Socialist Alternative and the international movement of which we are a part of, the Committee for a Workers’ International, tries to participate in every struggle against injustice, against war, and for workers’ rights. We do all we can to make sure those struggles are successful. At the same time, we try to build the forces of socialism – to bring closer the day when, instead of struggling to change this rotten system, we can concentrate on building a world fit for humanity.
“I believe that there will ultimately be a clash between the oppressed and those who do the oppressing. I believe there will be a clash between those who want freedom, justice, and equality for everyone and those who want to continue the systems of exploitation. I believe there will be that kind of clash, but I don’t think it will be based on the color of the skin…” – Malcolm X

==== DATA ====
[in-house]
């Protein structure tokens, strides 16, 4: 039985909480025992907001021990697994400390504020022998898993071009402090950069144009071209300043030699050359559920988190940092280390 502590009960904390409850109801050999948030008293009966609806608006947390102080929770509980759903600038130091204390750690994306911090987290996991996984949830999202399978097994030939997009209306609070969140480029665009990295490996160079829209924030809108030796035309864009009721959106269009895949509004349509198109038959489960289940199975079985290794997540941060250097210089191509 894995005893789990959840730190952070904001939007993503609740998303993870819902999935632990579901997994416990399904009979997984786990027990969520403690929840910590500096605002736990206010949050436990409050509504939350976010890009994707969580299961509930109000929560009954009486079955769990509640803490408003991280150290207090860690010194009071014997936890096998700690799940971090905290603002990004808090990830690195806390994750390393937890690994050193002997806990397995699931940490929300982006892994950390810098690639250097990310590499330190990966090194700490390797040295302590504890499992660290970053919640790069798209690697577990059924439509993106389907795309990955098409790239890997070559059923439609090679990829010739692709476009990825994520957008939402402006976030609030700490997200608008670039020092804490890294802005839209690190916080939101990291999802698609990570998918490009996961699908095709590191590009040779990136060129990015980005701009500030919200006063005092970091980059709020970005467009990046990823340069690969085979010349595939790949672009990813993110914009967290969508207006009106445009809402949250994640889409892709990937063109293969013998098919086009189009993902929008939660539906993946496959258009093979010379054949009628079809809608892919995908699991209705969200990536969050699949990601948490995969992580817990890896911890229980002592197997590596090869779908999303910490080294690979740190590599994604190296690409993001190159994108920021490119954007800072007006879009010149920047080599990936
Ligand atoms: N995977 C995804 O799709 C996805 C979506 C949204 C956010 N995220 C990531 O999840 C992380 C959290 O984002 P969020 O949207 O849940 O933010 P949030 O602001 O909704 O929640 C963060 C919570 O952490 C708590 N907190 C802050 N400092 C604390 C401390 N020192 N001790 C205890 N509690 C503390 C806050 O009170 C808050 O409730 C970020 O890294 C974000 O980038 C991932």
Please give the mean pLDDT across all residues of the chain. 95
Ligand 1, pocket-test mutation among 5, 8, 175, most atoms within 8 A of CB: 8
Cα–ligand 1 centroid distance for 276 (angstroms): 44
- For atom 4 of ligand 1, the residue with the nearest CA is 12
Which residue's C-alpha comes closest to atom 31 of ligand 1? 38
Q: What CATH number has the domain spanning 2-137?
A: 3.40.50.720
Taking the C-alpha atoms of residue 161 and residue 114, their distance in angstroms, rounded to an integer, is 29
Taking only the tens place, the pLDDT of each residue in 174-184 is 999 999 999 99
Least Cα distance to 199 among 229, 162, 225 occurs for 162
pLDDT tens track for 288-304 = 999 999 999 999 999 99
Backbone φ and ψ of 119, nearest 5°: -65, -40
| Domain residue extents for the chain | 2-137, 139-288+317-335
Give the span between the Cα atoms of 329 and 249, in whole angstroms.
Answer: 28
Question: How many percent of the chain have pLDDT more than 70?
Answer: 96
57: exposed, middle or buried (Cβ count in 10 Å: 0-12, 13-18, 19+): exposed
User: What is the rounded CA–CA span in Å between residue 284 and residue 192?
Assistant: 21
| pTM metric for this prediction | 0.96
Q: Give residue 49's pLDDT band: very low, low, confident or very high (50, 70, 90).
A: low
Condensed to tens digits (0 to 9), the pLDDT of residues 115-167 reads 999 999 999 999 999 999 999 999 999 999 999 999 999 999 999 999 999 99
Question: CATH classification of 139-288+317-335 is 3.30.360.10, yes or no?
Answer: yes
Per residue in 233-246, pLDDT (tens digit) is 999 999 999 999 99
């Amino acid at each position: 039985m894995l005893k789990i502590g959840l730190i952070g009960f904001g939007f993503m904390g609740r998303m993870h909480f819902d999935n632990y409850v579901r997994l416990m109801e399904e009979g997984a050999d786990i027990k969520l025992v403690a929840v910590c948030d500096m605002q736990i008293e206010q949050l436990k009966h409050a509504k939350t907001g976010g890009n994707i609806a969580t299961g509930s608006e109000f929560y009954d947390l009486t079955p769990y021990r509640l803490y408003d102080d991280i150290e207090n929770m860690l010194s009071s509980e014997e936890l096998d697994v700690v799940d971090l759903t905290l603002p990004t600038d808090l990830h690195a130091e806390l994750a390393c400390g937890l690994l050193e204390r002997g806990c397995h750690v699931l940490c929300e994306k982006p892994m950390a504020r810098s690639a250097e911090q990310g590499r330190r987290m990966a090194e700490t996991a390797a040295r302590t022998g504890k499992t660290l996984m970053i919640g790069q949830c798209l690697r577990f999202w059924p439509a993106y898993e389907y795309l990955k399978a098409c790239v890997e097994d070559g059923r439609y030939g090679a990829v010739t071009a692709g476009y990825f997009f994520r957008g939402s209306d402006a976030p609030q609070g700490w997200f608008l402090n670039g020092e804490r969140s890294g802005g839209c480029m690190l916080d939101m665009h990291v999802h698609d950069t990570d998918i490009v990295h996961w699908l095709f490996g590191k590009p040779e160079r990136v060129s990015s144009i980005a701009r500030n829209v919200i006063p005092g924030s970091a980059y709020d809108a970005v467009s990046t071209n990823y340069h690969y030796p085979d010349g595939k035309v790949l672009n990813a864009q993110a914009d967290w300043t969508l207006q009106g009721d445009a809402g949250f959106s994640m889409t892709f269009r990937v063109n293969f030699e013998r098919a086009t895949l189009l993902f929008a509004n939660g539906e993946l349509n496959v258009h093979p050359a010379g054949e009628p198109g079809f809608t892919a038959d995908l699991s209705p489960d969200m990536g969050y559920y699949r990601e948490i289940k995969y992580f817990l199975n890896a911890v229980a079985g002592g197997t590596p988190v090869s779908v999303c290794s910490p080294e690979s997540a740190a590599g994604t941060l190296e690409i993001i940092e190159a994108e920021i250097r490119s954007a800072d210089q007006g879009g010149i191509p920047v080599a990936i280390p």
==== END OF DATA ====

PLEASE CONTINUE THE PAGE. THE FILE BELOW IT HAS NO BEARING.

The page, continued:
“The philosophers have only interpreted the world in various ways; the point is to change it.” – Karl Marx
“Those who do not move, do not notice their chains.” – Rosa Luxemburg, Jewish socialist who played a leading role in both the Polish and German Marxist movements before being assassinated in 1919
“We do not fight racism with racism. We fight racism with solidarity. We do not fight exploitative capitalism with black capitalism; we fight capitalism with basic socialism. The very nature of the capitalist system is to exploit and enslave people, all people. So, we have to progress to a level of socialism to solve the problems.” – Bobby Seale, Co-founder of the Black Panther Party